Donovan McNabb is a black quarterback--actually, he's probably the most prominent black quarterback in the NFL right now. Furthermore, racist stereotypes and the quarterback position have a long, ugly history; as Lloyd Vance writes, "African American Quarterbacks in their history have been shunned, converted to other positions, fought for inclusion, stereotyped (Drastic Misconceptions about the Leadership and Intelligence of African American Quarterbacks) and chased opportunities in other leagues."
So, given the history of racism and stereotypes involving black quarterbacks, don't you want to know what the most prominent black quarterback in the NFL thinks about race and the position? And if he answers honestly that he thinks race is still a factor in the treatment of quarterbacks, isn't that worth listening to?
Why would we want to stifle such a discussion? Why would we accuse him of "playing the race card," as if he's saying something irrelevant? What he's saying is quite important. I want to know what McNabb thinks. I want him to be honest. And I want his opinions to spark legitimate discourse (in which, of course, you're free to disagree with McNabb and argue against what he actually says). What I don't want is for McNabb's opinions to be dismissed, and accusing him of "playing the race card" is an attempt to dismiss his words.
I wish I would never have to hear or read the phrase "the race card" ever again. Of any other cliched figure of speech, it's by far my least favorite.
It's not simply that it's a mindless cliche (which it is). It's that the accusation of "playing the race card" is an attempt to invalidate a discussion. We should have honest discussions about race; discourse on the issue is a method of progress. But to accuse somebody who discusses race of "playing the race card" is to suggest that race isn't a factor, that race shouldn't be discussed in this case, and that the person is injecting race where it doesn't belong.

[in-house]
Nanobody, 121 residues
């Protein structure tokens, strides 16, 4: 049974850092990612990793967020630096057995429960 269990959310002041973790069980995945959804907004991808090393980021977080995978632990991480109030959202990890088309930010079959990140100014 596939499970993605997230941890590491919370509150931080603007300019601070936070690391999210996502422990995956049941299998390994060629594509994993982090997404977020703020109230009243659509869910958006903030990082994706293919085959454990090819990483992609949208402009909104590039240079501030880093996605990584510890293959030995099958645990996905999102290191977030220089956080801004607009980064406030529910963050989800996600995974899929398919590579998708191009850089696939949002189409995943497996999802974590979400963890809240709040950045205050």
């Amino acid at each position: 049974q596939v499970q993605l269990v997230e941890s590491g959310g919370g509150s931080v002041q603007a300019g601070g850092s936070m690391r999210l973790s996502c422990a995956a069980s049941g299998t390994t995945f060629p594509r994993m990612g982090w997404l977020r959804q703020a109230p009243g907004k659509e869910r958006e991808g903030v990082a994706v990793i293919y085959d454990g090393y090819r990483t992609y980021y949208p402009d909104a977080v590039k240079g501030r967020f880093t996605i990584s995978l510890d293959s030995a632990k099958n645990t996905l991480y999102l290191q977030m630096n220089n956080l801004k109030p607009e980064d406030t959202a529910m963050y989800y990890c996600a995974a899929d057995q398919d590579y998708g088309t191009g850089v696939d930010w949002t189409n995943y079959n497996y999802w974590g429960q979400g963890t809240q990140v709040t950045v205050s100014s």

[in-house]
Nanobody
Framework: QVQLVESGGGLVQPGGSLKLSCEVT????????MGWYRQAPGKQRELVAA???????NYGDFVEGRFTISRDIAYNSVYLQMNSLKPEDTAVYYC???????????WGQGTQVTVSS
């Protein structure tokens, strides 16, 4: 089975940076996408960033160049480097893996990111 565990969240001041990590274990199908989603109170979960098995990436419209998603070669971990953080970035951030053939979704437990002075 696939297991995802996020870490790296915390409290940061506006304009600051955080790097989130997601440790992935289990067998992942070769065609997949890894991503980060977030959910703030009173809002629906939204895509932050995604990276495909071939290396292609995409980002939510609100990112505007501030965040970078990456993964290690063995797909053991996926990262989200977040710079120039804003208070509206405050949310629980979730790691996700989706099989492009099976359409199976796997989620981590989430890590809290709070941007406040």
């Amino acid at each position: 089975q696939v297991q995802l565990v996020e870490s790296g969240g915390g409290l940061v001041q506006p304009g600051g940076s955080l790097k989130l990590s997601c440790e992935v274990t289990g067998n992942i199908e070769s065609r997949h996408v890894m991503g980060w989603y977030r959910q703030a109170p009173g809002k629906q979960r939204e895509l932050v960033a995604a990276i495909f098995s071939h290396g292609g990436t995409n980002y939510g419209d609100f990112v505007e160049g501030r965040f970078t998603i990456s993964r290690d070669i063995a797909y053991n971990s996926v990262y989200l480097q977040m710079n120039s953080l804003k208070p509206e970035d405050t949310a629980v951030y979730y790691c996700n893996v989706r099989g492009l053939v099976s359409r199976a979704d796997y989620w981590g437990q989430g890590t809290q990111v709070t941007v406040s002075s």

Accusing somebody of "playing the race card" is an attempt to avoid serious discussion and debate. It's usually used as an attempt (sometimes explicit, sometimes not) to say something like "Donovan McNabb shouldn't be discussing race here" or "McNabb is wrong to bring up the subject of race" or "McNabb should shut up."
Accusing somebody of "playing the race card" is usually an attempt to dismiss an idea rather than address it.
If a person brings up race and says something you disagree with, then explain why. Discuss it, argue it. Address the issue. But don't accuse the person of "playing the race card" as if he/she is trying to actually deflect serious discussion by using race; talking about race is serious discussion. Don't try to invalidate or diminish the person's argument with this cliche.
How can people discuss race, stereotypes, and racism reasonably and honestly? How can people be honest while discussing race? Shouldn't we have reasonable and honest discussions about race? Shouldn't people be honest when they perceive racism? And why should we dismiss or diminish such discussion?
The very figure of speech "the race card" suggests we as a society still have a lot of progress to make; unfortunately, this cliche often prevents that progress from occuring.
Addendum: Cobra Brigade also says that McNabb is right, and that players like McNabb should speak up about the issue.